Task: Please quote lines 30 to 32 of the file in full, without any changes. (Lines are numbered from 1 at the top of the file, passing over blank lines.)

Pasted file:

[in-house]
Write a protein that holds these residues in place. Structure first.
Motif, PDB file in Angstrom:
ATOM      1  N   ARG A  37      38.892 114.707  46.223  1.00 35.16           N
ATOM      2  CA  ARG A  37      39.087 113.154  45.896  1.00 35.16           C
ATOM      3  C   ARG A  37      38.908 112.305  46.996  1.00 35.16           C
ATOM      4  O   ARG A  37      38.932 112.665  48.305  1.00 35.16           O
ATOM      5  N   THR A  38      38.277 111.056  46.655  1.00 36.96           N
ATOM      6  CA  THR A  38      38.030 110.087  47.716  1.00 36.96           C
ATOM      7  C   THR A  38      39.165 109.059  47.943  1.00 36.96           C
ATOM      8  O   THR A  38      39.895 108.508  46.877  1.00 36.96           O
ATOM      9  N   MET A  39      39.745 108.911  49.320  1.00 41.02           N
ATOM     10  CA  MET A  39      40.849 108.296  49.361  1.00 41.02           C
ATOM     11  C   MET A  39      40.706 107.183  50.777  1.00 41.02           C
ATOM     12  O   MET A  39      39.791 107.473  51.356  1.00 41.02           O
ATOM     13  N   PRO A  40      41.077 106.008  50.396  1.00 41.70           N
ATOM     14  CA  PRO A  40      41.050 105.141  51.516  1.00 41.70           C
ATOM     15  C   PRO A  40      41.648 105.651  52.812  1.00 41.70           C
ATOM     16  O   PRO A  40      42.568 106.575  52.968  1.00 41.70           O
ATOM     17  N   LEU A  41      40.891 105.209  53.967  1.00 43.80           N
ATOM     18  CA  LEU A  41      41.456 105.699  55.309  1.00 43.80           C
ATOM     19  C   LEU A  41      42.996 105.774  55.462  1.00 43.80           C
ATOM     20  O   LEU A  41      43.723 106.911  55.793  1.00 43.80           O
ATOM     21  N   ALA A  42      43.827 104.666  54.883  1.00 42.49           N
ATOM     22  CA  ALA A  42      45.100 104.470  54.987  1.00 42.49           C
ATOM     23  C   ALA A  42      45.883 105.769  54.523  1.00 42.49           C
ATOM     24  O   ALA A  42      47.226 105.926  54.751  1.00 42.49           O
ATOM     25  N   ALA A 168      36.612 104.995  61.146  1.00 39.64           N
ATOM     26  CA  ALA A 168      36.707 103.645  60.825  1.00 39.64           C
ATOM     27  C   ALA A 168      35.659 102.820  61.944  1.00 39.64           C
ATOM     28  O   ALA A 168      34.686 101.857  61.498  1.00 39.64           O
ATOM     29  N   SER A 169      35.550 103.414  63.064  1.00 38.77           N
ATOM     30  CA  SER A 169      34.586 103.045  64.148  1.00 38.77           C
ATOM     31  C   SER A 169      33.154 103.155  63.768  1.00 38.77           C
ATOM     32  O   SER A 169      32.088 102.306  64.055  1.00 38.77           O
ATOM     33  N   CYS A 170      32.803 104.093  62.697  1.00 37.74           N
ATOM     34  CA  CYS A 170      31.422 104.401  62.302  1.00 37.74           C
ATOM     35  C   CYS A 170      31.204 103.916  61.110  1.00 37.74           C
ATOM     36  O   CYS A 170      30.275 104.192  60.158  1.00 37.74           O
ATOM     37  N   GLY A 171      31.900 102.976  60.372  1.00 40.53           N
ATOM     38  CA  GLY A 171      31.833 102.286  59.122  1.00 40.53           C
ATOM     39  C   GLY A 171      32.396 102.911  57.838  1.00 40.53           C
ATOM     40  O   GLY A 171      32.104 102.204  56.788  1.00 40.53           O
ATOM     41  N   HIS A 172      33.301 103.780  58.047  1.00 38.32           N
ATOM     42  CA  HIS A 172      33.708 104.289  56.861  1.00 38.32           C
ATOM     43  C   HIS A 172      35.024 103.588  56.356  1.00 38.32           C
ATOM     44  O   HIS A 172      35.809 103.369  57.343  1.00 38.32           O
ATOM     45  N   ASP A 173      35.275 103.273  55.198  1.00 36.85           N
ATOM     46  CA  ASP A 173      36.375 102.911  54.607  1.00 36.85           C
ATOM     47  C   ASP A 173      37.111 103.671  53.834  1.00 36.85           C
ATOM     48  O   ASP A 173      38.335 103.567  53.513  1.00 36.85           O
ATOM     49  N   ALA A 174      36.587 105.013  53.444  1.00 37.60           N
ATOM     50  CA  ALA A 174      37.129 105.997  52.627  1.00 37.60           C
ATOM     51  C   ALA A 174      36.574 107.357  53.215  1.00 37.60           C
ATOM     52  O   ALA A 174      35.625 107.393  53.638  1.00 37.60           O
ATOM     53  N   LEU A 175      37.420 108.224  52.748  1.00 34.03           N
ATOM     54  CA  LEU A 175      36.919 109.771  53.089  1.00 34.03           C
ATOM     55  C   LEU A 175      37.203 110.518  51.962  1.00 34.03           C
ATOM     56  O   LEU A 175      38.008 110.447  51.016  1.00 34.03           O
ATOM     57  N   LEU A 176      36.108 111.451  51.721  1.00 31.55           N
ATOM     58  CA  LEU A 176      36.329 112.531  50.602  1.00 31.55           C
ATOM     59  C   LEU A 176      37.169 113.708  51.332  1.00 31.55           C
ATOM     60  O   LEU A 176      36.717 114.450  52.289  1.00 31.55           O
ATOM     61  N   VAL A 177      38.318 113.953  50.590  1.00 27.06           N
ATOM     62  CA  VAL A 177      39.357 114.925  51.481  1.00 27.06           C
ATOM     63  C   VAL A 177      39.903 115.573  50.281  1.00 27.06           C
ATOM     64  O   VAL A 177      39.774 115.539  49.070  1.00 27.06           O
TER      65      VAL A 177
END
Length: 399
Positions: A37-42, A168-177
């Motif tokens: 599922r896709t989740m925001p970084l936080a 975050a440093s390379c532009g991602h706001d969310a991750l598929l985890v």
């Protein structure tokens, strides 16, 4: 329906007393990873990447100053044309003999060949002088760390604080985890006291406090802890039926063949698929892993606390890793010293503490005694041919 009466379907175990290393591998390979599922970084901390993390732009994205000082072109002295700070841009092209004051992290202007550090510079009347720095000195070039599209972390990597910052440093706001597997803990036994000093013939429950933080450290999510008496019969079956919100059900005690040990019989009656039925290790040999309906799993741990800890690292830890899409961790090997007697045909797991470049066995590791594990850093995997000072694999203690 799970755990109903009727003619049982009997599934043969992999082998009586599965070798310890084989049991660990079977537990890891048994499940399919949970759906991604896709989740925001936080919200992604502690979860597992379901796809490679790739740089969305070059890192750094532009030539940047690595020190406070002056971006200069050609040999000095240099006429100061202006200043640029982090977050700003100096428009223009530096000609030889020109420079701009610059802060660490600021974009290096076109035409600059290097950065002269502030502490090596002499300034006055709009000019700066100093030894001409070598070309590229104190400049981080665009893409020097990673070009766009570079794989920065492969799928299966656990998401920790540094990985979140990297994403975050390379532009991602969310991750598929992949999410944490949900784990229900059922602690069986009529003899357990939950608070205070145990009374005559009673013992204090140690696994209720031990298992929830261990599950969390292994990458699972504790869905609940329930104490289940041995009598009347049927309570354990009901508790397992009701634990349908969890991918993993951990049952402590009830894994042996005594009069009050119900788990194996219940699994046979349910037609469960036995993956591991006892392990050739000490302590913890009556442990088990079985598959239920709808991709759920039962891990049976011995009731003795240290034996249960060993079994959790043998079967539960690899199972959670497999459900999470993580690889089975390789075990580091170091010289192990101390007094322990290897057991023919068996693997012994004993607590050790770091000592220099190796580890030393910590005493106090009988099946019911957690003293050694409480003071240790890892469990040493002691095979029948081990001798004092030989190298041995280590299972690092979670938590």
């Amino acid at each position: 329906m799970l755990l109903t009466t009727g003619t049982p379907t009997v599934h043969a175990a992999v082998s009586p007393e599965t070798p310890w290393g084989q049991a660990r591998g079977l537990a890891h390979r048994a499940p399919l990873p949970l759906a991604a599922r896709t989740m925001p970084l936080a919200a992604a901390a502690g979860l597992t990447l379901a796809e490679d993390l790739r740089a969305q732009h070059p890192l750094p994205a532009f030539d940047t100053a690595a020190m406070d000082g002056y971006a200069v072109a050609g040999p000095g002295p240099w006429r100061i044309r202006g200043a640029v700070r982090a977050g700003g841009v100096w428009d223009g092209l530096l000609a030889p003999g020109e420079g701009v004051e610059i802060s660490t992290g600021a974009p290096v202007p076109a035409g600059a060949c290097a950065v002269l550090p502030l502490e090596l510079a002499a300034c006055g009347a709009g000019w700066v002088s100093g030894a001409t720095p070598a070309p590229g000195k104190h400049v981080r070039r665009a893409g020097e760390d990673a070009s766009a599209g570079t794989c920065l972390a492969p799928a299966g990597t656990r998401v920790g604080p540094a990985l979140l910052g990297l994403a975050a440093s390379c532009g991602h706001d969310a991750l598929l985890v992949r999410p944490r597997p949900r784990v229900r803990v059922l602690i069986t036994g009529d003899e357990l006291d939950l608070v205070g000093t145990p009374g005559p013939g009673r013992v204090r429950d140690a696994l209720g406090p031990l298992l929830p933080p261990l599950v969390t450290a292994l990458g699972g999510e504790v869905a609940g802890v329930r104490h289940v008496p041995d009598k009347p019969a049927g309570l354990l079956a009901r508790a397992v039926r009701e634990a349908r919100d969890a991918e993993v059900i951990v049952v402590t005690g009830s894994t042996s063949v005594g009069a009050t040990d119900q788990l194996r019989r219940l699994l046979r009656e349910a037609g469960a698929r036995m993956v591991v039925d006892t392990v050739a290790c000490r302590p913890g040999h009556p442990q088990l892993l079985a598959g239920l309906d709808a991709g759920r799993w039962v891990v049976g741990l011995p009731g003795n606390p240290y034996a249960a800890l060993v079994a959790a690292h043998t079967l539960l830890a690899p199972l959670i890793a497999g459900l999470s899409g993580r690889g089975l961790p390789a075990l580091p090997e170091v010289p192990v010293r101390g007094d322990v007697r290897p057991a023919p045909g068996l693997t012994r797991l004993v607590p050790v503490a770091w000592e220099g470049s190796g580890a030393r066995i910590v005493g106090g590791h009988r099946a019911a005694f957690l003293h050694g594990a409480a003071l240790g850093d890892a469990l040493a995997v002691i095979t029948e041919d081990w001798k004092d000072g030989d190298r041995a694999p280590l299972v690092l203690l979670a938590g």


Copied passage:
ATOM     27  C   ALA A 168      35.659 102.820  61.944  1.00 39.64           C
ATOM     28  O   ALA A 168      34.686 101.857  61.498  1.00 39.64           O
ATOM     29  N   SER A 169      35.550 103.414  63.064  1.00 38.77           N